Whether a signal is
Whether signal of the timer is
produced by the sensor
accepted by the controlling circuit
The period of the signals I, II, IV of the timer 360 accepted by the controlling circuit 330 depends on a speed of the vehicle passing through the LED lamp 350; however, a period of 10 seconds is preferable in this disclosure for providing enough time to the vehicle. For preventing an interference of the light from the LED lamp 350 from directly illuminating the light sensor, a shield (not shown) should be mounted around the light sensor to allow it to receive the light from the vehicle only. Further, such light sensor can be replaced with a movement sensor, which outputs signals when detecting an object moving under the LED lamp 350. Moreover, every three adjacent LED lamps 350 can have just a single sensor mounted on a corresponding LED lamp 350 so that the three LED lamps 350 would be simultaneously controlled by the single sensor. Alternatively, the number of the LED lamps 350 controlled by the single sensor can be changed to four, five or more, depending on a distance between every two neighboring LED lamps 350 and a height of each LED lamp 350.
The LED lamp 350 used outdoors is automatically controllable for labor-saving; nevertheless, the LED lamp used in residential environment can be manually controllable for more flexibility. The typical residential LED lamp often has a multiplex switch connected therewith to adjust its brightness with a plurality of different levels. The multiplex switch includes multiple positions to be switched, wherein each position corresponds to a brightness level of the LED lamp. The brightness of the LED lamp can be conveniently switched between different levels by manipulating the multiplex switch at different positions; for example, when the switch is switched to a first position, a first electrical pathway would be connected to lighten the LED lamp with 100% brightness, while the switch is switched to a second position, a second electrical pathway would be connected to lighten the LED lamp with 80% brightness, and etc. However, the multiple positions of the multiplex switch require many electrical pathways connected thereto, resulting in electrical routes of the multiplex switch relatively complicated. Therefore, for simplifying the electrical circuits of the switch capable of adjusting the brightness of the LED lamp, a new type switch and its power supply circuit are further provided herein.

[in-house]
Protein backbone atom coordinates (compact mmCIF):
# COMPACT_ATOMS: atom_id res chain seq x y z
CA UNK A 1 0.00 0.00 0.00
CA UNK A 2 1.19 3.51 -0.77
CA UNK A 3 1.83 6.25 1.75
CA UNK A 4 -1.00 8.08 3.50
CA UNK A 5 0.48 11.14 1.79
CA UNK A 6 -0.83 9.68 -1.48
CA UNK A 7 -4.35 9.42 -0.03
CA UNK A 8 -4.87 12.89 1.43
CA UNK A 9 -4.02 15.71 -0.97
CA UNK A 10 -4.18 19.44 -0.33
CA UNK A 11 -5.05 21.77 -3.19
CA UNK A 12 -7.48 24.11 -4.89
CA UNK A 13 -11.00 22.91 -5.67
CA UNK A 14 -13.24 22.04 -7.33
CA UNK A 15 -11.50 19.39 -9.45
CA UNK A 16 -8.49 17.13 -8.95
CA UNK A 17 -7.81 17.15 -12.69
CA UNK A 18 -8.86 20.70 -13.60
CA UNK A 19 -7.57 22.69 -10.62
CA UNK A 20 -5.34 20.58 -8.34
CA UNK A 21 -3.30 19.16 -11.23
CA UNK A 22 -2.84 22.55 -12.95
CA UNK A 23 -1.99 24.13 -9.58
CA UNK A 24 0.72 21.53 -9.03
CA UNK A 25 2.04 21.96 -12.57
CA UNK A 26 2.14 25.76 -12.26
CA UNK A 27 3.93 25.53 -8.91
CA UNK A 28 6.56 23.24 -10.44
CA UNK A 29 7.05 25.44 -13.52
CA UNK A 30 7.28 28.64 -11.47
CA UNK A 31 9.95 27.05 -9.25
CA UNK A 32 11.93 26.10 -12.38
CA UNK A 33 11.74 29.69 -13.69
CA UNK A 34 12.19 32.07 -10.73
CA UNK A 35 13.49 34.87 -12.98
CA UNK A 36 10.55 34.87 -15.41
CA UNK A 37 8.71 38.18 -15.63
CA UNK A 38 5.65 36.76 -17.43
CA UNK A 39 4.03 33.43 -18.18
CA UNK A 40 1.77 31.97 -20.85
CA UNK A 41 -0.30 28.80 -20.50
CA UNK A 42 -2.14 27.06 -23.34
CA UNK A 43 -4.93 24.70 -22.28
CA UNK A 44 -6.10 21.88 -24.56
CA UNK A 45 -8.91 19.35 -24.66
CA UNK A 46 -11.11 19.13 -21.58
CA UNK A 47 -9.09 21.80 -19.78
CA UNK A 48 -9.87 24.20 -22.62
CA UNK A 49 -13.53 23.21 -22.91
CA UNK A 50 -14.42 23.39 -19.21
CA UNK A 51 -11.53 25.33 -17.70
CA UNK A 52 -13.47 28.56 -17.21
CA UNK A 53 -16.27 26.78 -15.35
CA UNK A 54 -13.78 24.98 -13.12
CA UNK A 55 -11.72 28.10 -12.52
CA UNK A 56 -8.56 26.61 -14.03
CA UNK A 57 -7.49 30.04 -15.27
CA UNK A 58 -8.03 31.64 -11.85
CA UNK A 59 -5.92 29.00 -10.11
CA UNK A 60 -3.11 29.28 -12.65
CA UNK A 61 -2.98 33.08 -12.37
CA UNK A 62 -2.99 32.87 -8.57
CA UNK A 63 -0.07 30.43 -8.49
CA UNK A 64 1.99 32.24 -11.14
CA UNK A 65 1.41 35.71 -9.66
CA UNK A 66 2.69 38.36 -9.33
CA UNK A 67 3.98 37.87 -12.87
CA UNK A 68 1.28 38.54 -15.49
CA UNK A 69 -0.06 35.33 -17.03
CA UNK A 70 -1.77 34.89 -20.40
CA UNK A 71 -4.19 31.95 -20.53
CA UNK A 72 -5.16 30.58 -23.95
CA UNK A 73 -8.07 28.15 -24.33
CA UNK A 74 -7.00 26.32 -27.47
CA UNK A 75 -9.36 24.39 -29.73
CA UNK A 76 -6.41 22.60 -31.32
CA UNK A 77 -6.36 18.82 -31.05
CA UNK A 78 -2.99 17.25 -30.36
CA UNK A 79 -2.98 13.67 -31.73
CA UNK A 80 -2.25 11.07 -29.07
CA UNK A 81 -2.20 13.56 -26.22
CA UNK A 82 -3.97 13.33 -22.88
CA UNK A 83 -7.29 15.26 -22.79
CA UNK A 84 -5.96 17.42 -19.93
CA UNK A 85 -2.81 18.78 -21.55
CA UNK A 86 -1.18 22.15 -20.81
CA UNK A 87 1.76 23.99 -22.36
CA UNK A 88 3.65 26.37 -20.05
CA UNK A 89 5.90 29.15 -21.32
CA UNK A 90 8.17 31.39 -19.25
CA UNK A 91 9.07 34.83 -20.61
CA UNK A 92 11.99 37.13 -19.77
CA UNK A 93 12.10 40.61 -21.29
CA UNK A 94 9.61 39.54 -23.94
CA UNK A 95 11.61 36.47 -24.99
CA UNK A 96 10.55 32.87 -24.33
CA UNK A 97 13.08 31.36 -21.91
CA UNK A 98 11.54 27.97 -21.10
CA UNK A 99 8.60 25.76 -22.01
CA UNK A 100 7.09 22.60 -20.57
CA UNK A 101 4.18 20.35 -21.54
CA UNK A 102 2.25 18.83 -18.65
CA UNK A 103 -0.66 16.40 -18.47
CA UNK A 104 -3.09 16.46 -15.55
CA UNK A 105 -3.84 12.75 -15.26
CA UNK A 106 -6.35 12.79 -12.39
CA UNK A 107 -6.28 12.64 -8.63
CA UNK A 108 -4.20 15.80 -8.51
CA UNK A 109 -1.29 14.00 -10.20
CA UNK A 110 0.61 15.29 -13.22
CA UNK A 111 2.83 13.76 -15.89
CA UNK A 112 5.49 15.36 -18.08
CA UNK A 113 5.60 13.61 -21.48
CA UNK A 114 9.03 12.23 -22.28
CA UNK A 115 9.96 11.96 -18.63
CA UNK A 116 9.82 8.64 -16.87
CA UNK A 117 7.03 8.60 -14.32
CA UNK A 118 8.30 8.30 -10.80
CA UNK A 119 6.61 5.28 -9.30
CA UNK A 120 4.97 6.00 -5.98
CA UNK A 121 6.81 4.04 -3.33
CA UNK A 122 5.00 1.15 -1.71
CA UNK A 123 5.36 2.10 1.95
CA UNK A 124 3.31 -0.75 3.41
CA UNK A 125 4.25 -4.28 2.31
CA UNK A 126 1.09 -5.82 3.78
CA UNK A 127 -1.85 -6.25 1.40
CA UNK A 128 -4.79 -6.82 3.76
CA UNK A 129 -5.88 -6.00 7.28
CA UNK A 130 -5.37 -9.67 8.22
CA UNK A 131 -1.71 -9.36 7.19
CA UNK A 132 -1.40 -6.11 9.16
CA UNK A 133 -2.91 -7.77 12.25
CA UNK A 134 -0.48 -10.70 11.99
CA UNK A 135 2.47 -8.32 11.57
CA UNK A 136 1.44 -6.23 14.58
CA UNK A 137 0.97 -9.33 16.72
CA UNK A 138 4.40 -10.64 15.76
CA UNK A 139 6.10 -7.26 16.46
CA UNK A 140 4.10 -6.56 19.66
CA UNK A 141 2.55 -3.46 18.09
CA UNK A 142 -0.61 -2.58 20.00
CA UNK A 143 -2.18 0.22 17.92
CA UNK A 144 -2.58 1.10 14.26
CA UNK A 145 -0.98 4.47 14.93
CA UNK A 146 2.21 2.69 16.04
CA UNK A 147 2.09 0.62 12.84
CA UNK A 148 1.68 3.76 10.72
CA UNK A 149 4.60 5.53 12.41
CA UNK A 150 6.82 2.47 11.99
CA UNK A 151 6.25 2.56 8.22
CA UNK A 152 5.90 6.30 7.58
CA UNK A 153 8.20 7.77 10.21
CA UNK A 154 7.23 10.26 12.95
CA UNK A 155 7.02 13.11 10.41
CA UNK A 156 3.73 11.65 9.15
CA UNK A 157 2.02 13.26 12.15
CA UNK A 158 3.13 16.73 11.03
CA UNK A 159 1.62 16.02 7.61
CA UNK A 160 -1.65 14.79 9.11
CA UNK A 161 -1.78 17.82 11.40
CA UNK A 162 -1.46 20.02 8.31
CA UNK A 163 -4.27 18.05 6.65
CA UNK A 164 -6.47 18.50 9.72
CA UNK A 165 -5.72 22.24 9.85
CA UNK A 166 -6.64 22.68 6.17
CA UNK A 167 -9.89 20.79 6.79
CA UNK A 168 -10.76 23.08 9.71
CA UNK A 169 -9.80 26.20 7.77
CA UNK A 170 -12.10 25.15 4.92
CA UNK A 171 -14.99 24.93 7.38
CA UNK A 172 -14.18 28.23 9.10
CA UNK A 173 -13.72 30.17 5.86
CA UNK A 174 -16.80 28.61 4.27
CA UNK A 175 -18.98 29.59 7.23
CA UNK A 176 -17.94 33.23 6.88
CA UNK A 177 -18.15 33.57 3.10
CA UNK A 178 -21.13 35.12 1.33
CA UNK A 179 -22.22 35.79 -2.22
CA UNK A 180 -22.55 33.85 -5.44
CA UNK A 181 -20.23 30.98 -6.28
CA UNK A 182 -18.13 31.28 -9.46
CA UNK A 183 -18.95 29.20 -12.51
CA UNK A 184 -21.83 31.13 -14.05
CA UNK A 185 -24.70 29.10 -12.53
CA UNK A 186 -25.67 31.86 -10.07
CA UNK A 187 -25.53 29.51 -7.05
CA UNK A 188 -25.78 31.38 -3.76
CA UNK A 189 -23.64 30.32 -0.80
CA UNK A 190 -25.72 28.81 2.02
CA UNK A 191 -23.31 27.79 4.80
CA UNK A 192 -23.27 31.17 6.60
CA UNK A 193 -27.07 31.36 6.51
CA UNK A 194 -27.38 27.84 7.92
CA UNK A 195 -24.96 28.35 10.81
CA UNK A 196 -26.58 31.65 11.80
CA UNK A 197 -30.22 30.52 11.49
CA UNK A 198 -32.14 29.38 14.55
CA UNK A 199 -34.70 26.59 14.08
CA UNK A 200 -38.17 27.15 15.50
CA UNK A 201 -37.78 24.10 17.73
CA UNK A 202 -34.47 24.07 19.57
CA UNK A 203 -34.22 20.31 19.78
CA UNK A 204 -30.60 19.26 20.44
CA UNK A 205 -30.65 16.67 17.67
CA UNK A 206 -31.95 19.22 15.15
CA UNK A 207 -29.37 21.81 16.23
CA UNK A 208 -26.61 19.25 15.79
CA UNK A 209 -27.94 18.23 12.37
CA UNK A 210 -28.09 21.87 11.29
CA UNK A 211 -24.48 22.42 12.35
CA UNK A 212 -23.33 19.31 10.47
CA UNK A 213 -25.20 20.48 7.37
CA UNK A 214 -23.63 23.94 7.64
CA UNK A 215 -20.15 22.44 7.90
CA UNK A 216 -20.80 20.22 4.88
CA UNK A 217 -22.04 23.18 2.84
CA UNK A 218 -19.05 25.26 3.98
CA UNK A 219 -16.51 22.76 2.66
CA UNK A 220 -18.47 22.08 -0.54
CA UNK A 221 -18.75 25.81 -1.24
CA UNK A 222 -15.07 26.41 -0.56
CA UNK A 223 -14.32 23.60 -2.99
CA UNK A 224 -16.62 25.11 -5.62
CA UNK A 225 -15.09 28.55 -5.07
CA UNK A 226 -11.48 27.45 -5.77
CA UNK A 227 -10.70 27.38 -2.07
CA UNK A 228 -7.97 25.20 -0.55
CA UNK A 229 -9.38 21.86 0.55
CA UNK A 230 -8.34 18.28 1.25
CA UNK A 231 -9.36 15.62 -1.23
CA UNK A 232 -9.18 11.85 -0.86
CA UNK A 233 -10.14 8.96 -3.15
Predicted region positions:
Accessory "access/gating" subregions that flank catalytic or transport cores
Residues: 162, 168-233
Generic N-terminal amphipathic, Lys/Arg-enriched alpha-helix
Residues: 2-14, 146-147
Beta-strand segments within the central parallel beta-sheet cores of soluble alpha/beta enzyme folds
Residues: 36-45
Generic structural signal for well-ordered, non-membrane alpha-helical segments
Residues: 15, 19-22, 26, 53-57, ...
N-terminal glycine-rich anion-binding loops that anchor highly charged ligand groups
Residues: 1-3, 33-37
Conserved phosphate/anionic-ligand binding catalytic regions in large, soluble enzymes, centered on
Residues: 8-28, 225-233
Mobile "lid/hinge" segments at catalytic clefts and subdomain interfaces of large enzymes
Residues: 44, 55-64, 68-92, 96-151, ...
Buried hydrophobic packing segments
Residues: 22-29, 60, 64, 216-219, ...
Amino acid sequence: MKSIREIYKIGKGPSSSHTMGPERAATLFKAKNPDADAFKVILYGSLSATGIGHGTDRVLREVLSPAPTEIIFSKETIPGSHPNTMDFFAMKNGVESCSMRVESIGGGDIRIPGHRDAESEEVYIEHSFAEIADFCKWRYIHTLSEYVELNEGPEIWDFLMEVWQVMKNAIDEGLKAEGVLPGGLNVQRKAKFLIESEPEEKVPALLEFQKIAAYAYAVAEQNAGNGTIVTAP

In addition, for a more flexible adjusting capability, another calculation mode can be applied to the time detecting circuit 380. Only when the time detecting circuit 380 detects the period between two adjacent actions of the switch 370 within a rated value (such as 3 seconds), the next action of the switch 370 would be admitted as a continuous one from a previous action of the switch 370; otherwise, the next action to the switch 370 would be recognized as a beginning of a new turn when the period is more than 3 seconds and less than 5 seconds. In this mode, the new turn would base on the final result of the previous turn to calculate the brightness level of LED lamp achievable by the new turn, rather than decrease the brightness with the constant 20% from the previous value as the previous calculation mode does. For example, based on that the brightness of the LED lamp 350 is originally set to 100%, if the switch 370 has been switched twice properly to reduce the brightness to 60%, a next “switch off” action (i.e., from “on” to “off” of the switch 370 which lasts for more than the rated period (3 seconds) and less than the critical period (5 seconds) would be recognized as a beginning of a new turn. As the switch 370 is further switched on (from “off” to “on”) once within the rated period, the brightness of 60% would be reduced with 20% thereof to 48%. In other words, the new turn will base on the previous value, i.e., 60% to calculate its brightness level. Like to the previous mode, a critical period (preferably with a value of 5 seconds) should also be introduced in this mode for conveniently resetting the LED lamp 350. However, for the switch action from “off” to “on” which lasts for a period between the critical period and the rated period, such an switch action does not have any influence on the brightness level of the LED lamp; that is to say, this action would not be calculated but ignored by the time detecting circuit 380. Assuming that the primary brightness of the LED lamp 350 is 100%, and the critical period and the rated period are 5 seconds and 3 seconds, respectively, some samples of the LED lamp 350 in this mode are listed below for illustration: